Unlike most pundits about the continent, then as now, Barth formed his views from close observation of African reality. His news and perspective remain pertinent. As a scientist he believed that knowledge can dissolve ignorance and misunderstanding. Perhaps it still can, given the chance.

*This originally appeared on the History News Network on August 22, 2012.

Days and Nights in Timbuktu

Mornings in a Muslim town begin before dawn with the muezzins’ first call to prayer. As rousters of slugabeds, muezzins put roosters in the shade, or rather leave them in the dark. To a sleeping Westerner, the amplified chanting seems to start in the middle of the night. If there are several mosques in the vicinity, the chanting overlaps, sometimes in counterpoint, sometimes in dissonance. In Timbuktu my hotel, Sahara Passion, was close to a small mosque but near enough to others that their prayers floated through the darkness into my waking mind.

Small mosque near Sahara Passion

The muezzins eventually wake up the roosters, who, with loud indignation, do their best to reassert dibs on dawn. The muezzins and roosters motivate the goats and donkeys, who add bawling and braying to the morning orchestra.

Soon after the prayers stop and the livestock calms down, the smell of cooking fires begins drifting through town, followed by the rhythmic thuds of women pounding millet. Even in Barth’s day, Timbuktu was known for its delicious flatbread, takola, baked every morning in tall clay ovens shaped like beehives. The bread resembles pita in size and shape but is thicker and chewier, and is usually gritty with a bit of windblown sand. Barth typically ate it for breakfast. So did I, coated with local honey.

Bread oven

A walker in Timbuktu moves between past and present. The main streets are paved and busy with the usual traffic of motorcycles and Land Rovers, but donkeys and camels also plod along. The sand streets of the old medina, built for human and animal pedestrians, are too narrow for cars, though motorcycles occasionally slip-slide through. In many of the sandy side streets, rubble sits alongside stacks of new bricks, reflecting the endless cycle of building and rebuilding with sand and mud.


Bricks drying

At night I walked 10 or 15 minutes down a wide sand road to get dinner at Amanar, the only restaurant near Sahara Passion. The northwestern edge of the city lacked electricity and the road was pitch dark. I memorized the silhouettes of a few houses so I could find my way back (but still got briefly lost in the ink). Other walkers stayed invisible until their dark outlines suddenly passed. I could smell cooking fires and hear distant singing, drumming, and occasional laughter.

Road to Amanar in daylight

Eventually the dim glow of Amanar appeared, at the frontier of electricity. Its tables sat on a patio surrounded by a low wall. That first night, only one table was occupied, by a young man who turned out to be the waiter. I ordered a cold beer–a small miracle in a desert Muslim town. He brought it and companionably sat down with me, since it was inconceivable that I might want to be alone.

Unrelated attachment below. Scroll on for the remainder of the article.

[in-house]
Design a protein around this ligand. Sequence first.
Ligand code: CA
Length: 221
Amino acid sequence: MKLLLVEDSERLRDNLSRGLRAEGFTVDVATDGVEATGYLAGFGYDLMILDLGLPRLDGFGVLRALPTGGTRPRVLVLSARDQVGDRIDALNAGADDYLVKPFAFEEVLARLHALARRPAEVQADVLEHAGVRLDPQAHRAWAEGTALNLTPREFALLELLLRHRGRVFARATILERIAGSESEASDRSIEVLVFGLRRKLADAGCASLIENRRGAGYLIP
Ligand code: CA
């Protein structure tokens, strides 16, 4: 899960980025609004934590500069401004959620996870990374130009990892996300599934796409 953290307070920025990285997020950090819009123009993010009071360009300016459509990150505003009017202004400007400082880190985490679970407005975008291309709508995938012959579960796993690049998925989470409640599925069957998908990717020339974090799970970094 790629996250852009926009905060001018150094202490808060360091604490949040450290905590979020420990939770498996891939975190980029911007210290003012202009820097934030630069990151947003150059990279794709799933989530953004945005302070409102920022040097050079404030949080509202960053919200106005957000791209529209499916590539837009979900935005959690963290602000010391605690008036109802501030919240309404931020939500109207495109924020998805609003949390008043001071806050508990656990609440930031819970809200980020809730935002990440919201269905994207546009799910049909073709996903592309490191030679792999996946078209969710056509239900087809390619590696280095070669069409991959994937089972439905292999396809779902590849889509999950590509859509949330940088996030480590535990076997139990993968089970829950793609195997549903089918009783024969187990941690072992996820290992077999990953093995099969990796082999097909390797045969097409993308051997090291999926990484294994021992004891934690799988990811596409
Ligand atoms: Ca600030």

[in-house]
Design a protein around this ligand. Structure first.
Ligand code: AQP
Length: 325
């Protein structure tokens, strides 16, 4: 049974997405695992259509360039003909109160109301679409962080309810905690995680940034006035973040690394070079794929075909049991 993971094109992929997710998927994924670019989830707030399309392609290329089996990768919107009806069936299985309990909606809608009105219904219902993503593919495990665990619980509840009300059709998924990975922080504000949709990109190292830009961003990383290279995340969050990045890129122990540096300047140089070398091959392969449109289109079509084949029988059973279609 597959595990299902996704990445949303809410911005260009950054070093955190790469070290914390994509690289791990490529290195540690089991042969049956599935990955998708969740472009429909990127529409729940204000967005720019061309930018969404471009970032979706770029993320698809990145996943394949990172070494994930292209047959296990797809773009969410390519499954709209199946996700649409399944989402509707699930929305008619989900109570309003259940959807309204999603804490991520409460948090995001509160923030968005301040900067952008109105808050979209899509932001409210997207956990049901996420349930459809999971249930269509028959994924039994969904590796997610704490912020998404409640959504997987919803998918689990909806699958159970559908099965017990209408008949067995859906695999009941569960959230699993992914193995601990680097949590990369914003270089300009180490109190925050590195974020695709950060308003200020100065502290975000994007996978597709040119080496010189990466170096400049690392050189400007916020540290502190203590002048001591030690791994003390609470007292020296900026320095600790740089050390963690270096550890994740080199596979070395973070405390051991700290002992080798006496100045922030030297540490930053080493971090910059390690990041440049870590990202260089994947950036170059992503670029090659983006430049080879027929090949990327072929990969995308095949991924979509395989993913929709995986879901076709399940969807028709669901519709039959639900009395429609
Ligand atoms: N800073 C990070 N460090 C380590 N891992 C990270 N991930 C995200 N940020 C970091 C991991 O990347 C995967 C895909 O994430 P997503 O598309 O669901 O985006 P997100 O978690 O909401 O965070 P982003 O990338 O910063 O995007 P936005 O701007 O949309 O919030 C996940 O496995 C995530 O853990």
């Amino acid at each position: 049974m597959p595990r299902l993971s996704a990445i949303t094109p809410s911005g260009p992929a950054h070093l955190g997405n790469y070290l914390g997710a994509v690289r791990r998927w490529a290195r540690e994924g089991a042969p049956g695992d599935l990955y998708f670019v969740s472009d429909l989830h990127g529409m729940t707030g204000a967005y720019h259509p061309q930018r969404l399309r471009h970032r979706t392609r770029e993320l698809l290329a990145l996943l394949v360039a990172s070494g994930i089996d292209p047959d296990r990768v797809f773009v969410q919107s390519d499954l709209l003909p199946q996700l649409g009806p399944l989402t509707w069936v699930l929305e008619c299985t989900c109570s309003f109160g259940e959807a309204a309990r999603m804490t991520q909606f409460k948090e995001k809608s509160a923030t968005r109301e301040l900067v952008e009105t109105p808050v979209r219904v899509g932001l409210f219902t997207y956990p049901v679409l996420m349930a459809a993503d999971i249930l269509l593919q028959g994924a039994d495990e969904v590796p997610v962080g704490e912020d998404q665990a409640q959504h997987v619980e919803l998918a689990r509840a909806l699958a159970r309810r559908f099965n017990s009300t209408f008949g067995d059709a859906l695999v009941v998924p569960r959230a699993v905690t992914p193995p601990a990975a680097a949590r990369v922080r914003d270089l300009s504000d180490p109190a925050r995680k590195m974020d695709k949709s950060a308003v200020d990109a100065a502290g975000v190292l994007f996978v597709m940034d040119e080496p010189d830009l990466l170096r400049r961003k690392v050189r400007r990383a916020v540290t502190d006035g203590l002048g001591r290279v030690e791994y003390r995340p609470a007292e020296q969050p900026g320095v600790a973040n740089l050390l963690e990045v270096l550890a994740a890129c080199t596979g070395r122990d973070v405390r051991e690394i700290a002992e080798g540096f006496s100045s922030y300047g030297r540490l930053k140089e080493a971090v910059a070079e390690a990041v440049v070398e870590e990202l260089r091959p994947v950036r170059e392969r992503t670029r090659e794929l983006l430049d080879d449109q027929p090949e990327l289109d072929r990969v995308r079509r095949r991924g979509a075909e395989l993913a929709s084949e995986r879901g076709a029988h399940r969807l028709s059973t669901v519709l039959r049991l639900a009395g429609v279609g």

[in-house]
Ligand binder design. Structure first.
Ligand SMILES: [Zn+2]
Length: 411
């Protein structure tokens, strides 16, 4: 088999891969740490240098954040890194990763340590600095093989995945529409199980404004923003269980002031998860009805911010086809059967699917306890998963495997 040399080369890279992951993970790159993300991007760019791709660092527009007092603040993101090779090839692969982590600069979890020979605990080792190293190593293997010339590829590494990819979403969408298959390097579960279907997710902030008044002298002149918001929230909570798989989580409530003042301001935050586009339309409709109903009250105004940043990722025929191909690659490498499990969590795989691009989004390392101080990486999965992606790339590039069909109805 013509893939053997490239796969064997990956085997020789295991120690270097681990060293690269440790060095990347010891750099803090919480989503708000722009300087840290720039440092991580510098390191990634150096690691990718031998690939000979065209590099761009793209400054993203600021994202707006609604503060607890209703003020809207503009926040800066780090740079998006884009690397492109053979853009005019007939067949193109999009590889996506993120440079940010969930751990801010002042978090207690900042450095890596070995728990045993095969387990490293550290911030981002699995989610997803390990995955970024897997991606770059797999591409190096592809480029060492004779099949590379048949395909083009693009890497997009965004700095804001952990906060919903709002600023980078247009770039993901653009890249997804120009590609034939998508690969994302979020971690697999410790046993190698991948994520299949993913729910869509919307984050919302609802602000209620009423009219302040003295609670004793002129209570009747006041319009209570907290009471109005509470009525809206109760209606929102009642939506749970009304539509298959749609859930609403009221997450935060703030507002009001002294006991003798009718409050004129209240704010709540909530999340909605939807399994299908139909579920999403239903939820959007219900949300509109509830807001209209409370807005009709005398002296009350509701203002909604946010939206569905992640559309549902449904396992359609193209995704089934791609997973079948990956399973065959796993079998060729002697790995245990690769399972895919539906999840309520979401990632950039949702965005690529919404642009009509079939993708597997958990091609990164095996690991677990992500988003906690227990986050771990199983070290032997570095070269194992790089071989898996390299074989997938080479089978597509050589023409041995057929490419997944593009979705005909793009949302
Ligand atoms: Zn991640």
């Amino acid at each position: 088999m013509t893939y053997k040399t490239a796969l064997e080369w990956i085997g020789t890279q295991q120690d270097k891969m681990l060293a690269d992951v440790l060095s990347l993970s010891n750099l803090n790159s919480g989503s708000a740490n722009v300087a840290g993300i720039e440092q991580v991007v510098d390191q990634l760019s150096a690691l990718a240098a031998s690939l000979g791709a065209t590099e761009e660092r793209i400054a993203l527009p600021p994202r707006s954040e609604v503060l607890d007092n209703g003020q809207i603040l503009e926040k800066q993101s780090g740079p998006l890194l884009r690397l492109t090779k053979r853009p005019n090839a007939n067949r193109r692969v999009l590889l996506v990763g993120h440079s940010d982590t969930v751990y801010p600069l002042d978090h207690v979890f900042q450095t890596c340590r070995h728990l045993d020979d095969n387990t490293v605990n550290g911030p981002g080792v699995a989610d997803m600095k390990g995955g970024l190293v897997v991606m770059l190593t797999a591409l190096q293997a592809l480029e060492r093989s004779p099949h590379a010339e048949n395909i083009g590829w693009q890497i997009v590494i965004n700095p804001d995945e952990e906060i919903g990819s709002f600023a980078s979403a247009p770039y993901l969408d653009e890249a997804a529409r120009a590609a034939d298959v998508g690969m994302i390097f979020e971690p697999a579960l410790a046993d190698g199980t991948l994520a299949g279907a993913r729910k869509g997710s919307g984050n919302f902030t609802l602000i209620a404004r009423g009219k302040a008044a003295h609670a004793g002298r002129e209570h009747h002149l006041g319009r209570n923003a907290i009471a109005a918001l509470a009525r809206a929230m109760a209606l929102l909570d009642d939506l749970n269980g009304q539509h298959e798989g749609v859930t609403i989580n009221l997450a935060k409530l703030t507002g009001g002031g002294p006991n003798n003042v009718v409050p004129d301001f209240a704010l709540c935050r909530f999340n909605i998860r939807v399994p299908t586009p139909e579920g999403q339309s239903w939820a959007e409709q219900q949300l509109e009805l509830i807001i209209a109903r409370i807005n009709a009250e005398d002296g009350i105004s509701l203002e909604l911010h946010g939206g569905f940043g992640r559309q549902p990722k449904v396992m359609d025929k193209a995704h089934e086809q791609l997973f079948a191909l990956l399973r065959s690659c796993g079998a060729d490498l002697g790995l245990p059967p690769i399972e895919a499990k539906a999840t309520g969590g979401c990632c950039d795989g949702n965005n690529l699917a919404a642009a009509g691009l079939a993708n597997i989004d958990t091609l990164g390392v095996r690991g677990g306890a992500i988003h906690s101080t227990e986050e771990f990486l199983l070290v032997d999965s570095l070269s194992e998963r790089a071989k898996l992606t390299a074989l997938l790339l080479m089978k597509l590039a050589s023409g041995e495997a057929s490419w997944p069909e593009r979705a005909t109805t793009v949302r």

Within minutes a young Tuareg in traditional blue robes emerged from the dark and sat with us. He wondered if I would like to see some Tuareg jewelry, and put two pairs of silver earrings on the table. When I didn’t immediately say no, he pulled out his inventory of rings, bracelets, and pendants.

It was all distinctive, I was a rookie, I overpaid. After he faded into the dark, two Tuaregs replaced him. I saw the game and stopped playing. They left. My dinner appeared and so did two more Tuaregs, who sat down and displayed their wares. I thought of Barth, constantly beset by what he called “hucksters and retailers.” Tuaregs, he noted, were especially persistent.

For several nights this routine repeated itself with minor variations. One night the waiter was sitting with a friend, so I assumed he wouldn’t join me. But when I got up to look at the posted menu, he moved my beer and notebook to their table. There was still plenty of room for the parade of Tuareg retailers.

Flamme de la Paix

Amanar sat across from the Flamme de la Paix, a monument on the site where Tuareg rebels ceremonially burned 3,000 guns in 1996 to signify the end of the Tuareg uprising of 1990-1995. During my visit, the monument offered a handy dark hangout for Tuareg hucksters passing the time while awaiting prey at Amanar.

I never expected to see such a sleepy place in the news. Last November as four Europeans were eating at Amanar, gunmen swooped in and ordered them into a car. A German who resisted was instantly killed. The other three were abducted—the first kidnappings of Westerners in Timbuktu in recent memory. The gunmen were suspected to be from al-Qaeda in the Islamic Maghreb (AQIM), which funds itself partly by kidnapping and ransoming Westerners.

Since the coup in Mali earlier this year, circumstances in Timbuktu have worsened considerably. Two rebel groups took advantage of the political chaos to occupy several northern towns, including Timbuktu, with the avowed goal of forming an independent desert state. Timbuktu is now controlled by a group supported by al-Qaeda that calls itself Ansar Dine (Defenders of the Faith).

Since the time of Ibn Battuta (1352), visitors to Timbuktu have commented on the inhabitants’ sociability and love of dancing, singing, and smoking. But the Ansar Dine are Islamic fundamentalists. They have stopped the singing and the music, and are requiring all women to veil their faces. Tobacco and alcohol have been banned, and places that sold them have been shuttered or destroyed. Amanar is almost certainly among them.

Timbuktu has seen it all before. Many similar restrictions were in place when Barth visited. The town had been captured by Islamic fundamentalists from Hamdallahi, who raided homes to seize tobacco and fined citizens for insufficient piety. The cycles of history.